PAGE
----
This story has been updated to include statements made by Julie-Anne Frazier and a response from school district spokesman Rick Parrish about her claims.

A Longview school district employee resigned last month after a financial audit and police investigation found she had misappropriated about $1,200 in office supplies using school district money, according to documents obtained under the state Open Records law.

Longview School District spokesman Rick Parrish said the investigation started after a supervisor at the district’s maintenance and operations center reviewed the suspicious purchases made over about the last three years by Julie-Anne Frazier, the facilities and maintenance secretary. The district placed Frazier on paid administrative leave on June 19.

Frazier resigned after the investigation found she had purchased supplies using district funds and kept the products for herself.

“We found that she’d purchase supplies that were then taken out of (the maintenance center) and used somewhere else inappropriately,” Parrish said Thursday.

Reached by phone Friday, Frazier said she was overworked and overwhelmed from working two jobs at the time and made the purchases through the district’s discount to save money. She said she always replenished the money that was spent on the items back into the district’s petty cash fund.

Frazier said “it was absolutely a mistake,” but she added that she made the orders “without any intent or malice.” She said she also erred by paying that cost back into the wrong fund, and that there was no official record keeping of the petty cash fund.

“It was an error of judgment, never in any way theft or embezzlement, misappropriation of funds,”  Frazier said. (In her restitution agreement with the district, which she signed, Frazier acknowledges that she misappropriated district money.)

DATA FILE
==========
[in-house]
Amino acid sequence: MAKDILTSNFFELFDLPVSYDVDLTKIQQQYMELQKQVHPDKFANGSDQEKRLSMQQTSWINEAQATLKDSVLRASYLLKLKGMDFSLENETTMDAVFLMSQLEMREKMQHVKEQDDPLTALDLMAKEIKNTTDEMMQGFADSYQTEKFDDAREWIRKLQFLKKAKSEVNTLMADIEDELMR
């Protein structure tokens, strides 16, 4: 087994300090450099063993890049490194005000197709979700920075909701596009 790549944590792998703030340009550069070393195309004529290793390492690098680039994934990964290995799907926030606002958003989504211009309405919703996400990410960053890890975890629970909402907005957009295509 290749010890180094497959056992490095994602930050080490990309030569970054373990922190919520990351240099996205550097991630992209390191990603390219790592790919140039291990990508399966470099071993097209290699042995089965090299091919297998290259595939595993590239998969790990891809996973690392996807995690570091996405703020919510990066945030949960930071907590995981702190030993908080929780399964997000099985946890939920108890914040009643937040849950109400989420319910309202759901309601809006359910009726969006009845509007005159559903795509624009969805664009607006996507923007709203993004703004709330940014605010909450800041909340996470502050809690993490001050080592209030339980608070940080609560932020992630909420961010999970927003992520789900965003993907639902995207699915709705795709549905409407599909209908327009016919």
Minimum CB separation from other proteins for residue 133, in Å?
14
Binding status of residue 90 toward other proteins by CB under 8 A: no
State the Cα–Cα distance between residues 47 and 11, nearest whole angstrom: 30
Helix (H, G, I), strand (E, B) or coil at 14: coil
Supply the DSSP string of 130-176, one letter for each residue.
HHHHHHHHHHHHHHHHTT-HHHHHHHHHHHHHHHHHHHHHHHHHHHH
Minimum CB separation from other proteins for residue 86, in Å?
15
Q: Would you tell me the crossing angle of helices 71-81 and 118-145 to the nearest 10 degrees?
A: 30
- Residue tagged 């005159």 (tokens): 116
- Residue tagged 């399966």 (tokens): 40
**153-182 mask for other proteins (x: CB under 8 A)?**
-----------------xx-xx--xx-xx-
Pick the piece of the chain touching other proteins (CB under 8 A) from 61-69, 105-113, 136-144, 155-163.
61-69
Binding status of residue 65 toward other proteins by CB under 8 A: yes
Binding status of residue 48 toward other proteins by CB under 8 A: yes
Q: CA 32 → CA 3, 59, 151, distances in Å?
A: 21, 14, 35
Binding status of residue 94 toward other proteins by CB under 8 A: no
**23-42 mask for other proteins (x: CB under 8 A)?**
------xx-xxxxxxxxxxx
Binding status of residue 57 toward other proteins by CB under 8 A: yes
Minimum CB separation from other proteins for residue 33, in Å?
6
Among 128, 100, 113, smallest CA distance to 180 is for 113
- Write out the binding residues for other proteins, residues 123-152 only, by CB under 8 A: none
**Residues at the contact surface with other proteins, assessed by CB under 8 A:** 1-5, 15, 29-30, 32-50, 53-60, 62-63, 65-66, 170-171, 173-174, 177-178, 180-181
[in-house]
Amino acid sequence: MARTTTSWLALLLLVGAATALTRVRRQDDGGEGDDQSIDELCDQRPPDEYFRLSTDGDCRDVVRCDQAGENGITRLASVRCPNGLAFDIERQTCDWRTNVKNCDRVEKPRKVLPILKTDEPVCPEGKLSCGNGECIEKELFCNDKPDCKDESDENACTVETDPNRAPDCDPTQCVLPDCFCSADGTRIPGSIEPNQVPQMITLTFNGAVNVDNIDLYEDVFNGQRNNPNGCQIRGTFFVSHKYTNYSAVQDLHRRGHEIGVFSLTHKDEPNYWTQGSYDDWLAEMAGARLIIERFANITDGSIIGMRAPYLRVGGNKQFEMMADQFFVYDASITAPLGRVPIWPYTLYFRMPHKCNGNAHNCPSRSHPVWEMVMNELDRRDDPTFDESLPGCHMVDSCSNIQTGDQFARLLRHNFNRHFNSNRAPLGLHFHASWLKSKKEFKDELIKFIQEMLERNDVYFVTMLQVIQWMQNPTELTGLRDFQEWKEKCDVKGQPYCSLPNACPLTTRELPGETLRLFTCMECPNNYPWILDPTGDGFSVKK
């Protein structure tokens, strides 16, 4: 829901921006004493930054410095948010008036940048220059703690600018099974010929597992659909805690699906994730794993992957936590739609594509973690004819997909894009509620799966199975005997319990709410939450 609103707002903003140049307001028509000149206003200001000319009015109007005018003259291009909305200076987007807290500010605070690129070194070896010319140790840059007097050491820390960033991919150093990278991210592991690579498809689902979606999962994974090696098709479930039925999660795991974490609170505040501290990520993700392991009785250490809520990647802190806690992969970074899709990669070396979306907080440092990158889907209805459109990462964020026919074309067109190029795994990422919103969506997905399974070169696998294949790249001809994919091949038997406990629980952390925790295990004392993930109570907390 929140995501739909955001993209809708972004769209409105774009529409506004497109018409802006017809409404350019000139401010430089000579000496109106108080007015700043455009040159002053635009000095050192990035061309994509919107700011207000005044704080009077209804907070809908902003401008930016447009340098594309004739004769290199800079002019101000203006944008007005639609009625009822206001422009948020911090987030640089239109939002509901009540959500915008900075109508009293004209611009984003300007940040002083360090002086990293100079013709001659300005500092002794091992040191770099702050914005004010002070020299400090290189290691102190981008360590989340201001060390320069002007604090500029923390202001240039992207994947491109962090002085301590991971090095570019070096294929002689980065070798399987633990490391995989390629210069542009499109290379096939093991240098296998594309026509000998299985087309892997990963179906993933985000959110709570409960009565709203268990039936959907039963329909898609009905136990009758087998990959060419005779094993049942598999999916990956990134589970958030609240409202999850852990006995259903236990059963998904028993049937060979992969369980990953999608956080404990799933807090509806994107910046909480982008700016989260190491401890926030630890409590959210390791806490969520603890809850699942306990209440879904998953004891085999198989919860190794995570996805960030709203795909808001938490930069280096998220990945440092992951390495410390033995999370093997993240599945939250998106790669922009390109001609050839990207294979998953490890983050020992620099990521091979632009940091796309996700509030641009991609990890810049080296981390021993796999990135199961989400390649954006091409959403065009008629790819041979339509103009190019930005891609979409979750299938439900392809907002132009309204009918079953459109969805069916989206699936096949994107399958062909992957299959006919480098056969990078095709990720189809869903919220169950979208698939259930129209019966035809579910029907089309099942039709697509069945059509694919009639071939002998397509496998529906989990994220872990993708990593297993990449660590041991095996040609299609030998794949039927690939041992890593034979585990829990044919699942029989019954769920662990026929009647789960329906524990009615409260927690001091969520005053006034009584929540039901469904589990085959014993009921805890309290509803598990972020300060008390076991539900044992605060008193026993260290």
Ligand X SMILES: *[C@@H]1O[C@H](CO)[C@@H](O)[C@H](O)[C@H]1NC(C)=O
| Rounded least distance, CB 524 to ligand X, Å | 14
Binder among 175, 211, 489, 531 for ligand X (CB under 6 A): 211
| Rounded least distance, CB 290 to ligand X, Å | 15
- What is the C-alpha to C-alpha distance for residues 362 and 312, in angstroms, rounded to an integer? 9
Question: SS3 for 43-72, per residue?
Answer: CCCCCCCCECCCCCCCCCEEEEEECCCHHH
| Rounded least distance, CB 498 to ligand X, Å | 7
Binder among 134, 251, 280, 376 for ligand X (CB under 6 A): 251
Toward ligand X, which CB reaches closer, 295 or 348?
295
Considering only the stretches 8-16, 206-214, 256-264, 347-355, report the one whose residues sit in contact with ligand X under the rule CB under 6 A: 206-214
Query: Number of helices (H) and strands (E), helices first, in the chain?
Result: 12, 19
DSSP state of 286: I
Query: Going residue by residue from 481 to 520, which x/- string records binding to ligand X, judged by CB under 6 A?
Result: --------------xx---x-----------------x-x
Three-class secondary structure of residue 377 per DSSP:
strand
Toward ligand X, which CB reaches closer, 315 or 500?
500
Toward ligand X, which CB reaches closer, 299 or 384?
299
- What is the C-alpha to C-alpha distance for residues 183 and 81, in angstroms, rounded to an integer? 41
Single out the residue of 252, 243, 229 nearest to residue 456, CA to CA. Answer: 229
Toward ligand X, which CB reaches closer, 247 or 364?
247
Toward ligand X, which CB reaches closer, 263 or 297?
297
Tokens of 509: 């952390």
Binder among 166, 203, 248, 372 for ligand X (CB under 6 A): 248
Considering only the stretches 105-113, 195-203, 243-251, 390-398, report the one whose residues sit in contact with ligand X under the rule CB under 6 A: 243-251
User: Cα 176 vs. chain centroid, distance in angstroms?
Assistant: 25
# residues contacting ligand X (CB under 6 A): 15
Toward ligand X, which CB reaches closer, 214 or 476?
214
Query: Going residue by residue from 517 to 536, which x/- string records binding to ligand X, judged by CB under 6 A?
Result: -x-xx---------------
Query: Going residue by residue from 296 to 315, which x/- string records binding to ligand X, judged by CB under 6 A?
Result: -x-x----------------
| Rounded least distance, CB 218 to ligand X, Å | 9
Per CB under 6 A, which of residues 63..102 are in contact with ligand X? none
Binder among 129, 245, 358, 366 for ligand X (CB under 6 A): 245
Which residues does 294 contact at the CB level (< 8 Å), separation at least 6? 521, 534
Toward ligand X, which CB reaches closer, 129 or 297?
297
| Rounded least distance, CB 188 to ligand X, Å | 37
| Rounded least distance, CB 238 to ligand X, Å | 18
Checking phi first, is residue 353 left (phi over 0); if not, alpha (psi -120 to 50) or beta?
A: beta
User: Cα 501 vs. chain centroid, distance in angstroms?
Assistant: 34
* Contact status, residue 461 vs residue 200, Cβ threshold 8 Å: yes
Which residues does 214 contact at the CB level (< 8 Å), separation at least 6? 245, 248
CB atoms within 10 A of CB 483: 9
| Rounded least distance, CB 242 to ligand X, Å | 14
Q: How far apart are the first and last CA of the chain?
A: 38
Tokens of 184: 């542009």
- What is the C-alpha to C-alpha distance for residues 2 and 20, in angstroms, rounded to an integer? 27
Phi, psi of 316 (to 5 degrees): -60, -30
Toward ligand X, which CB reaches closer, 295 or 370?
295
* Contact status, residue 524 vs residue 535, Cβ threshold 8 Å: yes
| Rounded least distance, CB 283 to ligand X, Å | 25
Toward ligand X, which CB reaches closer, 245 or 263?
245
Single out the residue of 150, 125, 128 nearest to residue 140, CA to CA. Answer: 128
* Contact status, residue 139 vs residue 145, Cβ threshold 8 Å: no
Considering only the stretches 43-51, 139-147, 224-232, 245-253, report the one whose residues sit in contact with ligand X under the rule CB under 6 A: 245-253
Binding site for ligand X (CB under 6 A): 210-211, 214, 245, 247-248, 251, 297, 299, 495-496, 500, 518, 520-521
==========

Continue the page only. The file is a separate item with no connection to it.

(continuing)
Frazier has refunded all of the money to the district as required by the restitution agreement, Parrish said. Frazier said she was happy to comply with that agreement, even if it meant paying the value of the items on top of the money she paid into the petty cash fund.

“I never denied that it happened,” Frazier said. “In the beginning, I never thought about anything I did being wrong … once it was brought to my attention, I said I’ll do whatever it takes to (fix) this.”

However, Parrish, reached Friday, said the restitution agreement was the only instance the district is aware of in which Frazier paid money back for the purchases.

“The investigation did not reveal any evidence that money was paid back through the petty cash fund,” Parrish said.

And regardless, the school district has no policy allowing employees to purchase items for themselves through district orders, Parrish clarified.

The misappropriated funds totaled $1,240.48, about $900 of which was spent on printer ink cartridges, according to a financial audit. Another $70 went to safety glasses, $200 was spent on gloves and another $90 was spent on a portable propane heater.

According to a July 10 email from Longview Police Detective Trevor Eades to district leadership director Tony VanderMaas, Frazier initially said she could not remember for which department she purchased some of the items. Later on in the police interview, however, Frazier “expressed remorse and admitted that she purchased the items for herself in an effort to receive the discount through the school,” Eades wrote.

Frazier said she felt terrible and called the decision “stupid,” Eades wrote.

Frazier, who was hired in 2005, voluntarily resigned on July 11. The Longview School Board accepted her resignation on July 22.

The district will not seek criminal charges against Frazier under the terms of their restitution agreement. However, the agreement leaves open the ability for the district to seek prosecution if more misappropriated purchases are discovered. Parrish said he is not aware of any other misappropriated items or monies.

The Washington State Auditor’s office was involved in investigating the purchases, Auditor’s office spokesman Adam Wilson confirmed.

The kinds of small individual purchases that Frazier made are difficult to detect, which is “a testament” to the district’s internal control system, Parrish said.

“It’s a sad and unfortunate situation,” Parrish said. “We’re glad that the school district internal control systems discovered the problem, and that the school district ended up not suffering a loss, as all the dollars were paid (back). Other than that, we’re focused on starting the school year.”



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